Another 48 Hours in London – Travel Review
By @Roger Crow
I’m back in the capital with a couple of days to kill, because there’s never enough time to take in everything you want to in one trip. Here’s my brief guide to some of the best places to eat, stay and see in the Smoke.
Where to have breakfast: EggRun
I’m not sure what a “cult casual eatery” is, but I do know EggRun is a lot of fun. As you might have gathered by the title, it’s a restaurant dedicated to the humble egg.
Launched during the pandemic as a delivery-only service, it now has its first London location based on Fish Hill.
Apparently the founders work in collaboration with award-winning chef John Skotidas. And you can tell this isn’t just one of those thrown together eateries.
The output is described as ‘Grab-and-go eating and dining’, though as I have a bit of time to kill, after making my order, I take one of those buzzy, flashy gadgets which let me know when my meal is ready and take the weight off at the modest seating area upstairs.
Whether you’re vegan, veggie or carnivore, there’s something to suit all tastes. My ‘New Yolker’ is a terrific burger with a fried egg, caramelised onions, secret sauce, cheddar cheese, lettuce, crispy onions and gherkins on a warm flour bun. (I’m drooling again).
“Keep me going all day”
As I’m fresh off the early train from Yorkshire, it’s culinary nirvana, and the sweet potato fries with all the good stuff really hits the spot. Said fries are called ‘Make it Savage’, and many of the key ingredients from my burger are added. Trust me. It’s phenomenal.
Obviously as we’re dealing with runny yolks here, you will get messy. I’ve no idea what business folks will think if they get splattered with yolk, as during my days as a fast food chef about 150 years ago, I was taught to break the yolks for such an occurrence, but each to their own. The good news is it won’t break the bank, which is always important for travellers on a budget.
I have a can of still water, and a tub of superb chocolate brownies for afters. Though I don’t scoff them on the spot, they keep me going all day with their chocolatey goodness.
Open from breakfast through to dinner, for eat-in or take-away, dishes start from £6.45 and use the highest quality, sustainably sourced and organic ingredients. And naturally the company is keen to ensure it’s kind to the planet. All packaging is biodegradable, compostable or recyclable, with no single-use plastic. The acid test is would i return? Definitely. Great food at an affordable price, with bright, uplifting decor. It’s just the job for anyone who likes dining with a difference.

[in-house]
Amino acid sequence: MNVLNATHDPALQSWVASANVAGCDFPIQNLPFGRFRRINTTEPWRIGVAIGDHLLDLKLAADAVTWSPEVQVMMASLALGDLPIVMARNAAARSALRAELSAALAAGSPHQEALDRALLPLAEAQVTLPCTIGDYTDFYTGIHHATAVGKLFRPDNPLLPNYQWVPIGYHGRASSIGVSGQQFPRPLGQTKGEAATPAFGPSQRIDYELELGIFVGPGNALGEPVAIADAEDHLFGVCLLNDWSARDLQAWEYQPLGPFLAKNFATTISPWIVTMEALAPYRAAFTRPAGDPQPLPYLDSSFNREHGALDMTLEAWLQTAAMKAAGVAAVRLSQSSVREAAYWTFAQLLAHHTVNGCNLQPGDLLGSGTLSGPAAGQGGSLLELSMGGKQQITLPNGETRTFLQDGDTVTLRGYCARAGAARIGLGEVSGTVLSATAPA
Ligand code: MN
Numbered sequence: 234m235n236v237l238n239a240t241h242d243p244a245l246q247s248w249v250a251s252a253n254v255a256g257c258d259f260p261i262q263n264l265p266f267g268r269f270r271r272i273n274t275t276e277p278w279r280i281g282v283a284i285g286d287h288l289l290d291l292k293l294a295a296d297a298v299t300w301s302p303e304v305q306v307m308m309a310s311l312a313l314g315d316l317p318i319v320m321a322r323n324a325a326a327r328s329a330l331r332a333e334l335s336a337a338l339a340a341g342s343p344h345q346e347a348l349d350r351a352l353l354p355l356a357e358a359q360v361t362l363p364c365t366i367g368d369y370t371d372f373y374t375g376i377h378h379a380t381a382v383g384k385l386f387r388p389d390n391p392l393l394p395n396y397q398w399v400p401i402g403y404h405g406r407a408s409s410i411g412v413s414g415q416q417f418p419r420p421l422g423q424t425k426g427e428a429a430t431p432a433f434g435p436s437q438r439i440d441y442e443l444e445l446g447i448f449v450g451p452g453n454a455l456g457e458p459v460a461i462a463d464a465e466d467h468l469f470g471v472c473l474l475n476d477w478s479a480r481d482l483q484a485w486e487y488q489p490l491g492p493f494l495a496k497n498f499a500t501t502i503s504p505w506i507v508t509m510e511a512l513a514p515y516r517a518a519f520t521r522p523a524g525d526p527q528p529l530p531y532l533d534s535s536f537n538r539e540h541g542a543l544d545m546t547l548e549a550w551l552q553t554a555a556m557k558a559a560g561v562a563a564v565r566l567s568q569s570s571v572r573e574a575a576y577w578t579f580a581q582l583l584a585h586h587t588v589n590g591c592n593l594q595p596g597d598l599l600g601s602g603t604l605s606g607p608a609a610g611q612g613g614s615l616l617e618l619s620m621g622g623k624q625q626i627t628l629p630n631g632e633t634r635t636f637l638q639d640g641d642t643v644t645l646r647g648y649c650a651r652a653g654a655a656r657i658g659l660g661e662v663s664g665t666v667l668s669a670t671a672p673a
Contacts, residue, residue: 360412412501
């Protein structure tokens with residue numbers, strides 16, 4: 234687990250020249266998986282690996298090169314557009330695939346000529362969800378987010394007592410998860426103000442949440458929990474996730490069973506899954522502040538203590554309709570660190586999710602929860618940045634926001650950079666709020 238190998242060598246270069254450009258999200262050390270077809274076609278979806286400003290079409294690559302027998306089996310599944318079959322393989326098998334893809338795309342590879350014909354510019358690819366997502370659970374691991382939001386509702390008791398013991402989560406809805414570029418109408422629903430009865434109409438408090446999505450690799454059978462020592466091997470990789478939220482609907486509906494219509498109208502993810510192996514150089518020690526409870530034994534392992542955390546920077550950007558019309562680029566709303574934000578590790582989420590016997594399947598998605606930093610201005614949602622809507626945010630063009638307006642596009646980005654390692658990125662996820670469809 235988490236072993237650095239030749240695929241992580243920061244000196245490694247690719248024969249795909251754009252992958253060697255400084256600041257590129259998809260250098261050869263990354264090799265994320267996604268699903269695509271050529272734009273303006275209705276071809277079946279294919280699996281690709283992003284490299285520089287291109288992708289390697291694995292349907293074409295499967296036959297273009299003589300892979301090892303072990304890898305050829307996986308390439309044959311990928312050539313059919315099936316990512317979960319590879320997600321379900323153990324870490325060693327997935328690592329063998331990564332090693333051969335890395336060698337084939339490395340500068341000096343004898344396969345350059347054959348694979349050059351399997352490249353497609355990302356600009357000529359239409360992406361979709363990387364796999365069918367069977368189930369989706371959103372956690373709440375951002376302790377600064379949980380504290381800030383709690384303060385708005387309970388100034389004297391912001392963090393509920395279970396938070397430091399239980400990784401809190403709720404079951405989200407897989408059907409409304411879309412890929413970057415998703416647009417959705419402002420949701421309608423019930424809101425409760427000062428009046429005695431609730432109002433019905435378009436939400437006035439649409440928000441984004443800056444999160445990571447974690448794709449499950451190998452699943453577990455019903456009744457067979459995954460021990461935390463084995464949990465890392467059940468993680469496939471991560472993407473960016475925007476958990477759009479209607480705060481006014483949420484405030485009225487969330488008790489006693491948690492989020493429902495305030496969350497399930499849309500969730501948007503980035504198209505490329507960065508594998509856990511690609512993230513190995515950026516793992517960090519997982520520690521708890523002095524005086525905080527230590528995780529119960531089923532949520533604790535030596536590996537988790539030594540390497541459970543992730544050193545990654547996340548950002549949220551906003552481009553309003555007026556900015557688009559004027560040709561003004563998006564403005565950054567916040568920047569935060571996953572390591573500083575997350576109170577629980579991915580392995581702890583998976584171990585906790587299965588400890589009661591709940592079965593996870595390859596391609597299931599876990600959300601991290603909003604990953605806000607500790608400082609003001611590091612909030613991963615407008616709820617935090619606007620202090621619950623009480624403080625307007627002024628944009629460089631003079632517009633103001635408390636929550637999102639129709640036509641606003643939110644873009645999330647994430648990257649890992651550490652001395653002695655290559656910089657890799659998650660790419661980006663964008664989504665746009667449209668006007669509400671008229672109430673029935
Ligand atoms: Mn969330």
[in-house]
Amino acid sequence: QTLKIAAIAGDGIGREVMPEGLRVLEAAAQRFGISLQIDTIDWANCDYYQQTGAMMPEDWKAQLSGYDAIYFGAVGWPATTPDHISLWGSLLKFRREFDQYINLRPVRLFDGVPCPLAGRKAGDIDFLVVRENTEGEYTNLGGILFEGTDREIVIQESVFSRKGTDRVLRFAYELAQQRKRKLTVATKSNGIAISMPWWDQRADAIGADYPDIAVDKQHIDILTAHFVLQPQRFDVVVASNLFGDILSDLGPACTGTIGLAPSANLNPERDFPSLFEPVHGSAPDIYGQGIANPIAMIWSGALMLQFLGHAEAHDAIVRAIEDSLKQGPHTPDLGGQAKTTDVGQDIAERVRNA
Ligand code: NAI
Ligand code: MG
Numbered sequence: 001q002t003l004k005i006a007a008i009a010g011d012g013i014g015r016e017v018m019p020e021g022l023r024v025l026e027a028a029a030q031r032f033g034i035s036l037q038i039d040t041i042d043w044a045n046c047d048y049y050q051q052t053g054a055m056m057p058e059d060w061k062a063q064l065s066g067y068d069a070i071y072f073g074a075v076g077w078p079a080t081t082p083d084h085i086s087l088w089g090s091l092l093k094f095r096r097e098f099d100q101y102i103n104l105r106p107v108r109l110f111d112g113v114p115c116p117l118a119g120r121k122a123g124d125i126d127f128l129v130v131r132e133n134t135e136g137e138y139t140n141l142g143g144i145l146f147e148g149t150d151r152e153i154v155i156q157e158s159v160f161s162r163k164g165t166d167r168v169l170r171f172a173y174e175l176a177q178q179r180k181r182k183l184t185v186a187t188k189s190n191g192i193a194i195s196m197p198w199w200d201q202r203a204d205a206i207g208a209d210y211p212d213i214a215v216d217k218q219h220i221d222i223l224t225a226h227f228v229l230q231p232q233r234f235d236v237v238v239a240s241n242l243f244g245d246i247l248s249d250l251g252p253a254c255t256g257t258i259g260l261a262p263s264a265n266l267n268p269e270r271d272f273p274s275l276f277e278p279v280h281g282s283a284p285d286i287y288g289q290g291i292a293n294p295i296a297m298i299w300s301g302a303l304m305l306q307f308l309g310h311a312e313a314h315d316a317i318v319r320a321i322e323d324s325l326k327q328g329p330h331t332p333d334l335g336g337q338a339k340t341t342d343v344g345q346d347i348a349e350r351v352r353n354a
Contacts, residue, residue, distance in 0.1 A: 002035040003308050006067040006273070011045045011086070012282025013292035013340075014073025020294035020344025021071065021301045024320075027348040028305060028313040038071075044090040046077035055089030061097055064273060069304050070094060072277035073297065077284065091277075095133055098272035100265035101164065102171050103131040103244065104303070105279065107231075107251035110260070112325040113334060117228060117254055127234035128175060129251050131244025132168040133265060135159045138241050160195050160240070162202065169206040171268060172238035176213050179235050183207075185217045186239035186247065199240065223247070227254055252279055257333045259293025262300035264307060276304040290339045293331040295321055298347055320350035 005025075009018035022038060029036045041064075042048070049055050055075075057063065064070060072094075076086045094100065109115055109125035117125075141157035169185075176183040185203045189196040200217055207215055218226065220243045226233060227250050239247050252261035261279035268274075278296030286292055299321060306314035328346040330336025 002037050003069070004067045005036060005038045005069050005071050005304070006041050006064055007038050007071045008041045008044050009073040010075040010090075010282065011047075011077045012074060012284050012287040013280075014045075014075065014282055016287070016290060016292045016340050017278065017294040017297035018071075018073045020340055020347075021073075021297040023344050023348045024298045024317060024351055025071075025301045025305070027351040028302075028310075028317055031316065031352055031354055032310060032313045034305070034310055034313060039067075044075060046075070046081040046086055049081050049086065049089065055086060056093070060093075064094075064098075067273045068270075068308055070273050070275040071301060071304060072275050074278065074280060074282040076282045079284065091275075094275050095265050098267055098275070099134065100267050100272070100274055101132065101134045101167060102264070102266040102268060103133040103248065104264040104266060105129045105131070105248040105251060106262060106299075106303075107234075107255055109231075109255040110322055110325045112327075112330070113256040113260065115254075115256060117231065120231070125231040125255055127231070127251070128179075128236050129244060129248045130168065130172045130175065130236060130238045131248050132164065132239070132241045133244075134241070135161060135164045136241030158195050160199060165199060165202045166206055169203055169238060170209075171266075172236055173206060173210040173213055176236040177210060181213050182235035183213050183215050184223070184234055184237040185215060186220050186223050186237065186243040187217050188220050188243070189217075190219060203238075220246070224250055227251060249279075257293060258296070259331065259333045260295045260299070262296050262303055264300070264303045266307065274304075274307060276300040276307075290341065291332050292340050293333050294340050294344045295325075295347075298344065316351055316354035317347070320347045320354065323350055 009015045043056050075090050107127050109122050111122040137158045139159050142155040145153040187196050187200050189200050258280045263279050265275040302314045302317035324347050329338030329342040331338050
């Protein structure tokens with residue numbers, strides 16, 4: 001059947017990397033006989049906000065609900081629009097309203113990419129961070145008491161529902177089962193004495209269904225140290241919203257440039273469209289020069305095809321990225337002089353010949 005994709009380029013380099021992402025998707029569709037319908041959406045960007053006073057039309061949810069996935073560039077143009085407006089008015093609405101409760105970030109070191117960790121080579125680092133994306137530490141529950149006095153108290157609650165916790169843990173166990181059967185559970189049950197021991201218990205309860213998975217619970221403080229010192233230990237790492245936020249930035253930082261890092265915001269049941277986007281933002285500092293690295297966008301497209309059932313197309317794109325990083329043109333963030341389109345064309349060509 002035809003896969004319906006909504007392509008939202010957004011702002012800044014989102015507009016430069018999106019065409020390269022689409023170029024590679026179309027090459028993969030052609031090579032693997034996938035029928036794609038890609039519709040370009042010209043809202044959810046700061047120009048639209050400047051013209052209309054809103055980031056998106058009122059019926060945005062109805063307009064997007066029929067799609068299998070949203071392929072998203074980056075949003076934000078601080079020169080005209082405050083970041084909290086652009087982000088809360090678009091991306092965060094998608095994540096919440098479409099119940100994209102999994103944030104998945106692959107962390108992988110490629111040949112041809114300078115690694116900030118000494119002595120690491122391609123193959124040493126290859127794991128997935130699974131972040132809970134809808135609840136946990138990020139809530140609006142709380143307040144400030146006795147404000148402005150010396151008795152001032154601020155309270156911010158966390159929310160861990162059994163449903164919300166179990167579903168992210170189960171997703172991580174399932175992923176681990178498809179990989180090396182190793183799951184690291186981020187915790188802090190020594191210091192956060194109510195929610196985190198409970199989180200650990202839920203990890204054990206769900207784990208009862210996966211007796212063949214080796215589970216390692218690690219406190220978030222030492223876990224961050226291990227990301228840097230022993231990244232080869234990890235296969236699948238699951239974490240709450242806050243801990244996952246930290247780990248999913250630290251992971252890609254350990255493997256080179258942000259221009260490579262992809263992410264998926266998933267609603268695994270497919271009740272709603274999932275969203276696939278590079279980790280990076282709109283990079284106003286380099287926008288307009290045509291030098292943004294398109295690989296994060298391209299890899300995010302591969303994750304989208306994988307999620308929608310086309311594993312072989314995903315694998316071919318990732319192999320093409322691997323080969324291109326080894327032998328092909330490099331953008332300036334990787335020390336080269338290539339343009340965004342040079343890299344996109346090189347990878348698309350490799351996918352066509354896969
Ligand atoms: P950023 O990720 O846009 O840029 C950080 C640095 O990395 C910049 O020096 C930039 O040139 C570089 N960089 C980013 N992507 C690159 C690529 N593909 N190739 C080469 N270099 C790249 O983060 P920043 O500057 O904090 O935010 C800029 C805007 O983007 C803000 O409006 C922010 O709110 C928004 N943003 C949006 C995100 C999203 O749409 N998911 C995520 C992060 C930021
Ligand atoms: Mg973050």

Monday – Friday: 7am – 7pm, Saturday: 10am – 3pm
46 Fish St Hill Bridge, London EC3R 6BR
Where to stay: Fraser Suites, 39B Queens Gate Gardens, Kensington and Chelsea, SW7 5RR
The more hotels I frequent in London the more I realise studio apartments are the way forward. Any residence with a mini kitchen is all right by me, especially if it has a sink, microwave, hob and cooking facilities. Why waste a fortune on some posh high street meal when you can rustle up a spag bol or ready meal in the comfort of your temporary home?
And Fraser Suites is a cracking residence. Kensington and Chelsea naturally has no shortage of decent supermarkets, so there’s plenty of choice if you want to do the temporary home cooking thing.
Check-in is super efficient, and a lot of fun thanks to the front desk guy who runs through the usual ritual of ID check, key card hand-over and so on. I have a room on the fifth floor, and the lift whisks me there in no time. Not always a given in some hotels.
My first impression is “Very nice!”. Okay, there’s not much of a view, but a huge spacious room, super comfy bed, spacious wardrobe with robe, slippers, and that excellent kitchen area with crockery, wine glasses, and pans for rustling up something special. Oh, and the bathroom is excellent too with a super power shower that takes a minute to work out, but once you’re in there, troubles melt away like a snowman in front of a roaring fire.
I’ve just walked around five miles, so I want to kick back and relax. There’s a rather nice lounge area with a decent TV and a semi posh table for dining.
There’s one key problem for a tech addict like me and that’s the lack of USB ports. At first glance there aren’t any. I had packed the obligatory USB plug for one such occurrence but a last minute change of bag left that at home. Thankfully I rang reception and they informed me there is one port by the phone lead. Thank heavens for that, I think initially. “Saves me going back out to the local shop and buying yet another one for my huge collection back home”. (I do eventually because the second hotel I stay at is also USB port free).